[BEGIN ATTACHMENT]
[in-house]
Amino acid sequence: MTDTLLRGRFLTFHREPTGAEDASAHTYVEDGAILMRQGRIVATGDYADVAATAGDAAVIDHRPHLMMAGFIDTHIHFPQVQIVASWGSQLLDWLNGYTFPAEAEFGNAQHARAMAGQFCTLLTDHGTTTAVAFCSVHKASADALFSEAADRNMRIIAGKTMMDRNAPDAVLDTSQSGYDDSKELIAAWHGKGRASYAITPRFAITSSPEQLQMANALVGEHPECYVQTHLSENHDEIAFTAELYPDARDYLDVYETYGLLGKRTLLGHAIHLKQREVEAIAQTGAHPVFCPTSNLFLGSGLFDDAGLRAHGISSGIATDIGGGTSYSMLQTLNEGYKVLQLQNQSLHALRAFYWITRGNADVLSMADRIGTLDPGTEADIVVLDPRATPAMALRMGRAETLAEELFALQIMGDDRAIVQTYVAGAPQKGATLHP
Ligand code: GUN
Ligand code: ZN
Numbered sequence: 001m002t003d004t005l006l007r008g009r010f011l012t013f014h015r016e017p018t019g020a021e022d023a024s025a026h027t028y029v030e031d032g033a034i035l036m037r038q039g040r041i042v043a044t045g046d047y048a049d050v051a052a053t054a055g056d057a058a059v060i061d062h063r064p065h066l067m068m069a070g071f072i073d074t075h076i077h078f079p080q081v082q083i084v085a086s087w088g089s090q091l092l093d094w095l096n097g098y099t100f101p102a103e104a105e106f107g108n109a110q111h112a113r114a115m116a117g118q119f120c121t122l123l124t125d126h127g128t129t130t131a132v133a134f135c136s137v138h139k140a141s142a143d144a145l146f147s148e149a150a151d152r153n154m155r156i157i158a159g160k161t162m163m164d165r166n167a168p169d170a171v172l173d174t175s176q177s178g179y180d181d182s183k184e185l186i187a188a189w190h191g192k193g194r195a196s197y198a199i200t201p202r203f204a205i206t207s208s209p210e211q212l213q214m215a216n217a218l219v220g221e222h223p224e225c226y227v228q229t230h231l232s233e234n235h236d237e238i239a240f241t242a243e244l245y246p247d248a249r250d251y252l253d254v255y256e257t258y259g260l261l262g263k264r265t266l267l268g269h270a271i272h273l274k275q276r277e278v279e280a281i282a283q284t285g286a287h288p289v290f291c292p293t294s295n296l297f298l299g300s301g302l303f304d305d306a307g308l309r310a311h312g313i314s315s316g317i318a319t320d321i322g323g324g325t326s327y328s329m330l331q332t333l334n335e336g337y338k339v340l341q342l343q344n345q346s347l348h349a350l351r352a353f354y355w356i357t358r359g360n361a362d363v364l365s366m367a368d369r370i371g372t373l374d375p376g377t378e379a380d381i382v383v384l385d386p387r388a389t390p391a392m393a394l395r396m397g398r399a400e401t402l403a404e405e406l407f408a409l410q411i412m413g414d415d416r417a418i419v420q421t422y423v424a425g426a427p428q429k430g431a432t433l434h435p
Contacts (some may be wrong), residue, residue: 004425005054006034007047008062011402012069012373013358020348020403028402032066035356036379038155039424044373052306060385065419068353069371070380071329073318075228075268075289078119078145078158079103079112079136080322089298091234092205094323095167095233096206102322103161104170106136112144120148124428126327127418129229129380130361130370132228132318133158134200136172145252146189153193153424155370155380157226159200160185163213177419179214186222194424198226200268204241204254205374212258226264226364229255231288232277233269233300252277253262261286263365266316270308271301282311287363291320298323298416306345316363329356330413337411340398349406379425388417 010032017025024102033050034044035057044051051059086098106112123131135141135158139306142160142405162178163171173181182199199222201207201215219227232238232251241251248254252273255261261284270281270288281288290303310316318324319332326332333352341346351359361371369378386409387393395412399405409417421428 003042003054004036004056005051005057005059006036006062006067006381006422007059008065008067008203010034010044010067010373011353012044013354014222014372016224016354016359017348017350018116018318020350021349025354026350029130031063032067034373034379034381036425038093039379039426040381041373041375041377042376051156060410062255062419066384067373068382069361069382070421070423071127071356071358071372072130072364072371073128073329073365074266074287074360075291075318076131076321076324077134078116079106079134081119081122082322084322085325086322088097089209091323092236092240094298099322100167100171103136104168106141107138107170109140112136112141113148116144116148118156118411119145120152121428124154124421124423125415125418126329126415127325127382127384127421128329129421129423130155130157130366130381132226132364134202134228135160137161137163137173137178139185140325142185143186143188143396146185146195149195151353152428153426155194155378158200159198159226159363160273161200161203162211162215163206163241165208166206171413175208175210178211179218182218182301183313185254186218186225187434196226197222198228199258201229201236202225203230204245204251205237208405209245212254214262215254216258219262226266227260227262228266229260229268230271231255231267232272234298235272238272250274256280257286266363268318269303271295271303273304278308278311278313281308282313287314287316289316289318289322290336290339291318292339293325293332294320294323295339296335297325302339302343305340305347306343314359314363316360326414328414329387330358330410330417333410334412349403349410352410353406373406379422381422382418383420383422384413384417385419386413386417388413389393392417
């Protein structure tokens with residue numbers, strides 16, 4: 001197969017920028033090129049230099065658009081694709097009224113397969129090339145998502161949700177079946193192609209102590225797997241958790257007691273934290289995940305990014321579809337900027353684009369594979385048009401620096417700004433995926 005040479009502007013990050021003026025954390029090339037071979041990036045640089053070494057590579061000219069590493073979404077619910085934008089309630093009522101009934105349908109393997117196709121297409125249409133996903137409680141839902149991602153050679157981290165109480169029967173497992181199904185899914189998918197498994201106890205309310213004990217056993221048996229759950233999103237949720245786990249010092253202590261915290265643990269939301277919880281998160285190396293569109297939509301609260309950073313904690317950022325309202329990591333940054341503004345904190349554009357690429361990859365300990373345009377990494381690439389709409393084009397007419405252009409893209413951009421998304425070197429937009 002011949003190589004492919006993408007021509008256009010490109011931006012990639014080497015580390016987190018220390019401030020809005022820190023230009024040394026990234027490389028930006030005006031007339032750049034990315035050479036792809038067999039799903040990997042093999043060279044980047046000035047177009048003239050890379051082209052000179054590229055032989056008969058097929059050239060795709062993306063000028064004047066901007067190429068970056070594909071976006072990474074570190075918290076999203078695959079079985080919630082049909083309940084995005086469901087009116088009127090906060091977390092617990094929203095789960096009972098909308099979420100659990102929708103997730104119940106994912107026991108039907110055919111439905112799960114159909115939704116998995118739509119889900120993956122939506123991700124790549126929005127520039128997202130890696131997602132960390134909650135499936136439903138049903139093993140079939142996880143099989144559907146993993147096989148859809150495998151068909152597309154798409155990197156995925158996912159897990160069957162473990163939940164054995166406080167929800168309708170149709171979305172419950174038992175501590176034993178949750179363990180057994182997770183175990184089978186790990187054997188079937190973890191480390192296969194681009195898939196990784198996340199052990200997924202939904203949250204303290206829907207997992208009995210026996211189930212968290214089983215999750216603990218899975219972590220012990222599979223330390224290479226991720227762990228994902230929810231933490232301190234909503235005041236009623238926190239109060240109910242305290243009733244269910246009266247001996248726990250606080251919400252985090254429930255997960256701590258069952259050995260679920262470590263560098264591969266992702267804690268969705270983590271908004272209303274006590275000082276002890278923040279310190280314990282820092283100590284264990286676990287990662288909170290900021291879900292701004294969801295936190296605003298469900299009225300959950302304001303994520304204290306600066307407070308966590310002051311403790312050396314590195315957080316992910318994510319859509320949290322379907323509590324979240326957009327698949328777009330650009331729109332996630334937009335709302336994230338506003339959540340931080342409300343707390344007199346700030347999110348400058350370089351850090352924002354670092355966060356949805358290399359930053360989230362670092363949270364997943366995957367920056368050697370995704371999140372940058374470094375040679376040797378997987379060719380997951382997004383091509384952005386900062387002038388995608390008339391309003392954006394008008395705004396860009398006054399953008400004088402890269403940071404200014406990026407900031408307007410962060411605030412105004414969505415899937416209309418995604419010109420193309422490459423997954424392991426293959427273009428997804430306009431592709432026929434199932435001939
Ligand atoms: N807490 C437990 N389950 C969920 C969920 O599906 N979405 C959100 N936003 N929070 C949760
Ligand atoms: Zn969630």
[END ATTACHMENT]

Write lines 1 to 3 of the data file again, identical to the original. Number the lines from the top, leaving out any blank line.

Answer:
[in-house]
Amino acid sequence: MTDTLLRGRFLTFHREPTGAEDASAHTYVEDGAILMRQGRIVATGDYADVAATAGDAAVIDHRPHLMMAGFIDTHIHFPQVQIVASWGSQLLDWLNGYTFPAEAEFGNAQHARAMAGQFCTLLTDHGTTTAVAFCSVHKASADALFSEAADRNMRIIAGKTMMDRNAPDAVLDTSQSGYDDSKELIAAWHGKGRASYAITPRFAITSSPEQLQMANALVGEHPECYVQTHLSENHDEIAFTAELYPDARDYLDVYETYGLLGKRTLLGHAIHLKQREVEAIAQTGAHPVFCPTSNLFLGSGLFDDAGLRAHGISSGIATDIGGGTSYSMLQTLNEGYKVLQLQNQSLHALRAFYWITRGNADVLSMADRIGTLDPGTEADIVVLDPRATPAMALRMGRAETLAEELFALQIMGDDRAIVQTYVAGAPQKGATLHP
Ligand code: GUN